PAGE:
This bill will mean that Australian taxpayers don't bear the cost of business doing the wrong thing. It will mean employees don't miss out on their entitlements and it will mean hardworking Australians can continue to provide for their loved ones. These new laws mean we will have stronger levers to ensure employers are held accountable for their obligations. The new criminal offence and civil penalty provisions will strengthen the ability of ASIC to take enforcement action against directors and facilitators who do the wrong thing. The criminal offences will carry the highest penalties available under the law to act as a strong deterrent to these egregious behaviours that hurt all hardworking Australians. This sends the strongest possible message to employers, large and small, and reminds negligent businesses that, when it comes to paying your bills, this government believes your workers come first.

By expanding the parties who can commence compensation proceedings to include the ATO, the Fair Work Ombudsman and the Department of Jobs and Small Business, we're enhancing prospects for the recovery of unpaid employee entitlements, for the benefit of all Australian workers. The new disqualification powers will enable ASIC to strike off those company directors and officers whose behaviour has inappropriately impacted the FEG scheme, acting as a deterrent to those who make a habit of liquidating their businesses and leaving their employees behind. The changes are tightly targeted to deter and punish only those who seek to avoid their employee entitlement obligations and exploit the FEG. They will not affect the overwhelming majority of companies who are doing the right thing.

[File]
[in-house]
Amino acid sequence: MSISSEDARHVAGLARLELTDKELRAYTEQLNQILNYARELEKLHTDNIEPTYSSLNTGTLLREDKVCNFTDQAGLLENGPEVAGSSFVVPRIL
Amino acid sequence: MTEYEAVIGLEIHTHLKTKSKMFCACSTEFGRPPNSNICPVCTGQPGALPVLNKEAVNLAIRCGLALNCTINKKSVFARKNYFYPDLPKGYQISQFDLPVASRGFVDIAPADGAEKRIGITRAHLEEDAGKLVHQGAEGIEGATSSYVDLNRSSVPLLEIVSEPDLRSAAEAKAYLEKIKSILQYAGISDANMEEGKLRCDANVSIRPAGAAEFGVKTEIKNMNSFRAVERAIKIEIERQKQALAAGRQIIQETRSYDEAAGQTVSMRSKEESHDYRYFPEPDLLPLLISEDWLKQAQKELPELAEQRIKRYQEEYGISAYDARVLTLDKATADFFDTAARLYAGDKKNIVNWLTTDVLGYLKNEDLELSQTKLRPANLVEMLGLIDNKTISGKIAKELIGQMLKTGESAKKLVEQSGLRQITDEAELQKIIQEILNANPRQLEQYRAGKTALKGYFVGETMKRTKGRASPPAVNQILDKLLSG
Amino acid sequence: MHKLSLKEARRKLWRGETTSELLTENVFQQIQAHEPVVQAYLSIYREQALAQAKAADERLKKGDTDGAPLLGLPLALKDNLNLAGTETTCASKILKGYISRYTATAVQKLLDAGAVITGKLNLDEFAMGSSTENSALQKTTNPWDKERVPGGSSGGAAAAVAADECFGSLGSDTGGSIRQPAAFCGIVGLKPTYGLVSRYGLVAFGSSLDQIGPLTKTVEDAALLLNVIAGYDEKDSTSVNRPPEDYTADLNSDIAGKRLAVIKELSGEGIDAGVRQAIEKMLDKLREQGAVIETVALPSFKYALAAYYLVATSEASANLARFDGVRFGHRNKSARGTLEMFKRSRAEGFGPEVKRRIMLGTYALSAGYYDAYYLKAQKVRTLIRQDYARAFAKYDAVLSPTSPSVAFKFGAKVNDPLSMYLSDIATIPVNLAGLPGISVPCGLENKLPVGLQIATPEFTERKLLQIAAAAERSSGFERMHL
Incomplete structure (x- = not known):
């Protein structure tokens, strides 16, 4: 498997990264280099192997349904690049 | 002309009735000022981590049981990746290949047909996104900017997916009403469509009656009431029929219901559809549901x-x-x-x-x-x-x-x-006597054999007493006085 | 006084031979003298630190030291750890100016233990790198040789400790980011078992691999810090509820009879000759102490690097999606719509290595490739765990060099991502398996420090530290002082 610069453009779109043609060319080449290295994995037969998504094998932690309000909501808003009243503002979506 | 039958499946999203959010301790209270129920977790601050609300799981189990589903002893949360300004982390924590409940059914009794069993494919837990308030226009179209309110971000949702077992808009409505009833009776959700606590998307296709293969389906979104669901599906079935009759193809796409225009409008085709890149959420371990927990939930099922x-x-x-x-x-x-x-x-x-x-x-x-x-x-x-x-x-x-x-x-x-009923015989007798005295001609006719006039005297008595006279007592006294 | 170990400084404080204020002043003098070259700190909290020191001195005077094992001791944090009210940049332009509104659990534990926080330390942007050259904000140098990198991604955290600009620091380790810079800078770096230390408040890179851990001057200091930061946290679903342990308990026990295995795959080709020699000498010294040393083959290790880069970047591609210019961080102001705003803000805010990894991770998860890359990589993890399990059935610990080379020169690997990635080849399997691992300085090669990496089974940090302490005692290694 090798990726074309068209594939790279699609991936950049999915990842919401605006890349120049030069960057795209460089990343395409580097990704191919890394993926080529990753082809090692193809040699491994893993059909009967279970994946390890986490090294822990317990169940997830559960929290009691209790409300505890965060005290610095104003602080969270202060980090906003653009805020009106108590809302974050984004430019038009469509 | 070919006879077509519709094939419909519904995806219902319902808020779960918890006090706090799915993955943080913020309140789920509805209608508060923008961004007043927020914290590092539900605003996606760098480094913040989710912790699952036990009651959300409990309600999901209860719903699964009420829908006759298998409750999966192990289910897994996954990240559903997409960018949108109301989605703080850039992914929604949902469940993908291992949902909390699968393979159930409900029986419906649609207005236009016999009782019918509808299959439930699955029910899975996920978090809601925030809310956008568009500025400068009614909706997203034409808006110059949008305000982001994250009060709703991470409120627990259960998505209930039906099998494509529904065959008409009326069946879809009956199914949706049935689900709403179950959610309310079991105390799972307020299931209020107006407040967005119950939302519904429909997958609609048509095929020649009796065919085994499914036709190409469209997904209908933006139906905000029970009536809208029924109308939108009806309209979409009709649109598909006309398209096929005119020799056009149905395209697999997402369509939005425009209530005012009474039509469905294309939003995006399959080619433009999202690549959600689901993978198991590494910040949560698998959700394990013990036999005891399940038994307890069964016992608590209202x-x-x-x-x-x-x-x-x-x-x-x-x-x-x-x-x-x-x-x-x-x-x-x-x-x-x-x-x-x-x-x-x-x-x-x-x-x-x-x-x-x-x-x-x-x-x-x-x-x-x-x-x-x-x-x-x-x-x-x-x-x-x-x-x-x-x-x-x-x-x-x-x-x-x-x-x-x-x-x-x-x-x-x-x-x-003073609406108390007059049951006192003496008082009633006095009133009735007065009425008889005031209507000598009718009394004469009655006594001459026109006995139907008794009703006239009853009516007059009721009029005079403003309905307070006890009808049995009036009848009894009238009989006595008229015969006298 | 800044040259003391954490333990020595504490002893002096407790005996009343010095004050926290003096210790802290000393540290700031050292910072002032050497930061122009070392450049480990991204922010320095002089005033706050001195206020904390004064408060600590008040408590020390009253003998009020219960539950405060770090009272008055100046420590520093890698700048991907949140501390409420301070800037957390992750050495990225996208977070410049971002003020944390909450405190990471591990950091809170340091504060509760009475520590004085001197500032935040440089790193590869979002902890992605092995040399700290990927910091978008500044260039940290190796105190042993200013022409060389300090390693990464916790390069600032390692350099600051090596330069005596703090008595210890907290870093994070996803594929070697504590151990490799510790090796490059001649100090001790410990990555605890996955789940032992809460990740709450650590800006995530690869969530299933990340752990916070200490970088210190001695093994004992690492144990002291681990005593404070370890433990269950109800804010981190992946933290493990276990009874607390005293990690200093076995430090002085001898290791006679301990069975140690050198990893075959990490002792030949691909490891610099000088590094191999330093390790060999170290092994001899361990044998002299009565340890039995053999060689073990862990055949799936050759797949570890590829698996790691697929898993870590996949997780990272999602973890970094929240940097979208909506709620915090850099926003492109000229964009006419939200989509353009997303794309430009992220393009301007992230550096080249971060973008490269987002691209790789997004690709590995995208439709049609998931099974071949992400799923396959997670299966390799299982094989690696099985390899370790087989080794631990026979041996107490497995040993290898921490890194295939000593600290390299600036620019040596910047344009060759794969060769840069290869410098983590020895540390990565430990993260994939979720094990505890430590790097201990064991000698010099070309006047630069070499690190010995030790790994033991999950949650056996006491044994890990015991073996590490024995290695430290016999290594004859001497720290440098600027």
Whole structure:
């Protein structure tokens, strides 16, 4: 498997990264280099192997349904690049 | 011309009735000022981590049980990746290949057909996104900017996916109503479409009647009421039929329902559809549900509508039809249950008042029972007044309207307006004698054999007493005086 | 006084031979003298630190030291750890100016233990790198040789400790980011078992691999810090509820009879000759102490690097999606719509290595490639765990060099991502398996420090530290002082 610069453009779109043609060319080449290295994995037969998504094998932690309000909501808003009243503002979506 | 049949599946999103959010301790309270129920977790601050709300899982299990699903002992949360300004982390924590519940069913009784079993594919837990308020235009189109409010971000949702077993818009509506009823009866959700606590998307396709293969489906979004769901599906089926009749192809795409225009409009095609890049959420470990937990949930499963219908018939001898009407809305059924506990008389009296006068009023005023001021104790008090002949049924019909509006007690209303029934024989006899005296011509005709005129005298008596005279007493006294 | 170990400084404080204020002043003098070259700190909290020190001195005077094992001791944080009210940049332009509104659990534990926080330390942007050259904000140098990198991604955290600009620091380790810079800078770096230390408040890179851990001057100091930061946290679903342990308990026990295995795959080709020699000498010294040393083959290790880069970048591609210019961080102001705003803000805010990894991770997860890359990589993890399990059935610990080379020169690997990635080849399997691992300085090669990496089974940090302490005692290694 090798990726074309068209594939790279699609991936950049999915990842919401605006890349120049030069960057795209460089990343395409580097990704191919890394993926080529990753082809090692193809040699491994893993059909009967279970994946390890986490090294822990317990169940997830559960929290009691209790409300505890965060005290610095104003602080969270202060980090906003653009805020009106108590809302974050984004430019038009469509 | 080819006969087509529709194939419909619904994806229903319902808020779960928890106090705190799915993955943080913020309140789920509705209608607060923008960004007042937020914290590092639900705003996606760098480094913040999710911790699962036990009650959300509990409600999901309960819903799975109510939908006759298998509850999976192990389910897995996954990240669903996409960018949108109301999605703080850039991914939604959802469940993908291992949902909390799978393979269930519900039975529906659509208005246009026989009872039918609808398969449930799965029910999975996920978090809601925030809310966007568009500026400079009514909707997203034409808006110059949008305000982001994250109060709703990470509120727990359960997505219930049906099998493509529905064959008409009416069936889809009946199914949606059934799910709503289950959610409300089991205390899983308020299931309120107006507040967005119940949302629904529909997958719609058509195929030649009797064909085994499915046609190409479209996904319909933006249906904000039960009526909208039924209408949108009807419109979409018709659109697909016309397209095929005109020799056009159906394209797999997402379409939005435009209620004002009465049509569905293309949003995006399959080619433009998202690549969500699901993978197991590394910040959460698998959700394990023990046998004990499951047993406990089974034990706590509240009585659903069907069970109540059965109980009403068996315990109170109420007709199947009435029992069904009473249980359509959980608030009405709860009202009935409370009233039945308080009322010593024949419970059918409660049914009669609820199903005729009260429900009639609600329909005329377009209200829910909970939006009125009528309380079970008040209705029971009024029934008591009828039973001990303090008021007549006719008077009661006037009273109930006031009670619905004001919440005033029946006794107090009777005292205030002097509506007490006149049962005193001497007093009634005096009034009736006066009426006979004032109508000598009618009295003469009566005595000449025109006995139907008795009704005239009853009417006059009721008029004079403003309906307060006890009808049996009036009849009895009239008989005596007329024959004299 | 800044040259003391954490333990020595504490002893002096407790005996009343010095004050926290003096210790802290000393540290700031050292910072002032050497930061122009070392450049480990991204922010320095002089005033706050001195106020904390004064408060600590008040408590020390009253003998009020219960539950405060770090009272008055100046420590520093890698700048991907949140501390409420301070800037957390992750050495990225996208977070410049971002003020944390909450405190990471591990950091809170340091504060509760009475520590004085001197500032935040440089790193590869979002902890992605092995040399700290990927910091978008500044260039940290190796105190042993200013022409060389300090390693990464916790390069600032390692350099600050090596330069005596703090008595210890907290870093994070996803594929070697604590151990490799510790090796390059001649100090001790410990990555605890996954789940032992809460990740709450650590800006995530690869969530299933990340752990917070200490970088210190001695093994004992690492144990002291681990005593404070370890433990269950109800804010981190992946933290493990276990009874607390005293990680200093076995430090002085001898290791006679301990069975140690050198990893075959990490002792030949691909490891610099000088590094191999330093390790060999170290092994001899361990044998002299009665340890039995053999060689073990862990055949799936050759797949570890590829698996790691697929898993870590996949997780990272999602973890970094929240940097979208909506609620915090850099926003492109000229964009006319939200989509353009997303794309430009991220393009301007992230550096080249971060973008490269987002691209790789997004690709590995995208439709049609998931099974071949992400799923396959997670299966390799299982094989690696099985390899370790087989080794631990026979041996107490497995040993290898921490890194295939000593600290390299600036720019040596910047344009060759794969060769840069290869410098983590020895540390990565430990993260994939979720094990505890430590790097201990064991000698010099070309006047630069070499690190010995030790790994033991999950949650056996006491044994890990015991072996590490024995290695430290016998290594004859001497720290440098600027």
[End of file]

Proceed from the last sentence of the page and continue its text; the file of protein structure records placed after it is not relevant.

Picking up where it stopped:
The unfortunate reality is that businesses can become insolvent, but that does not absolve them of their obligation to pay their employees. The FEG related law reforms contained in the bill aim to put a stop to this behaviour and prevent wrongdoing, with new measures holding businesses accountable for ensuring employees are paid all their entitlements for as long as they are operating. These reforms send a strong message to those who are seeking to exploit the FEG scheme: don't rely on the FEG to do this for you when you can do it, and should be doing it, for yourself and your employees today.

This bill upholds the government's commitment to protecting the entitlements of those in our community who go out every single day to work to build wealth not only for this country but also for their families, allowing them to put a roof over their heads, put food on the table, educate their children and contribute to our community, as so many of them do.

I commend this bill to the House in its original form—despite the pious amendment from the member for Gorton—because we owe it to those people in our community who work so hard each and every day to protect the entitlements that are due to them.